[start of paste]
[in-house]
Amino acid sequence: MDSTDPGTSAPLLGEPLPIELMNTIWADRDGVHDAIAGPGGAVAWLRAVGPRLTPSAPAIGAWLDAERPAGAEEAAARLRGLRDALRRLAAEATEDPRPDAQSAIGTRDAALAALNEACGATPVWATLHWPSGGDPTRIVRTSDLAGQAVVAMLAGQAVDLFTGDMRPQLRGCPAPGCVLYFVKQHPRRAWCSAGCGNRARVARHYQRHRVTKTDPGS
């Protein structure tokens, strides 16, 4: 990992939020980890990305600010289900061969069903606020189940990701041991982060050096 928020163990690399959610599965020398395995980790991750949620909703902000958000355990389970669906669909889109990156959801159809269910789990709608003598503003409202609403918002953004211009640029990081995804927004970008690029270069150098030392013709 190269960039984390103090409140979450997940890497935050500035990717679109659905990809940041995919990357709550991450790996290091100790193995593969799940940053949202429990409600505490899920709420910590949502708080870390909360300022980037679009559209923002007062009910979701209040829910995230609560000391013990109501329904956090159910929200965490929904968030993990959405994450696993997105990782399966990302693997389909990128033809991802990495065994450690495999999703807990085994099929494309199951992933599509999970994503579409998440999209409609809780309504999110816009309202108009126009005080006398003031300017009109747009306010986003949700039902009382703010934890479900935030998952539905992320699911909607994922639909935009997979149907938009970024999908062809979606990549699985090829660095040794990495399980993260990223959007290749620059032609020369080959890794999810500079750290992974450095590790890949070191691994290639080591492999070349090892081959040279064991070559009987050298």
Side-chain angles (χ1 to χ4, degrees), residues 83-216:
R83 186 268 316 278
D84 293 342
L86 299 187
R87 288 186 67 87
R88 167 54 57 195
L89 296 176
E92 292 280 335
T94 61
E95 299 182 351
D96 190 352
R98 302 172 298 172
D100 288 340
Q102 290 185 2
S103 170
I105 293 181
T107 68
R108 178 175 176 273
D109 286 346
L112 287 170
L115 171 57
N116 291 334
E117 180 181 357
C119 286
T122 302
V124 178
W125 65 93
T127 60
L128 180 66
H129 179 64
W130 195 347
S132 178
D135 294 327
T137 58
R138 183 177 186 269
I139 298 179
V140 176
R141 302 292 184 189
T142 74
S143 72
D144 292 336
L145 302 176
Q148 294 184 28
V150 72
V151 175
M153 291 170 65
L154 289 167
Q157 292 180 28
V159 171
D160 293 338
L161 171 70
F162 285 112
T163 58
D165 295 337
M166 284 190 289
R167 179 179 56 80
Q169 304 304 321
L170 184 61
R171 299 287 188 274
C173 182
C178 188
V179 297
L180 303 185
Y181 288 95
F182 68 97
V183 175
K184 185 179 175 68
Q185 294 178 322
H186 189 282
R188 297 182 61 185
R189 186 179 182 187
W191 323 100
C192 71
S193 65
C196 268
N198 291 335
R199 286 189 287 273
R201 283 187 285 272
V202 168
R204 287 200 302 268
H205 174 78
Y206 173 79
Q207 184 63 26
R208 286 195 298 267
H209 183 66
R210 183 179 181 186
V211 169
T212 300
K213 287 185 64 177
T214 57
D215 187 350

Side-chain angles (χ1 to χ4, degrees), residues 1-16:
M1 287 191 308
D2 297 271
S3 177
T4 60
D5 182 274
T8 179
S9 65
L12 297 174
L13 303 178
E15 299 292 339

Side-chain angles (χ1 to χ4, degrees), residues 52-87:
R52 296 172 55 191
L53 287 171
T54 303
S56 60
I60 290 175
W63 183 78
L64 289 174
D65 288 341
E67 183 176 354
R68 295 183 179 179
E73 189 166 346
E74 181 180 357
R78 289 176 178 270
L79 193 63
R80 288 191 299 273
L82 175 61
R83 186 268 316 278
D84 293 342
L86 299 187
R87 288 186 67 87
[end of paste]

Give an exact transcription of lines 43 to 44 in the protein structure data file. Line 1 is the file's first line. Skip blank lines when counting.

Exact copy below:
S143 72
D144 292 336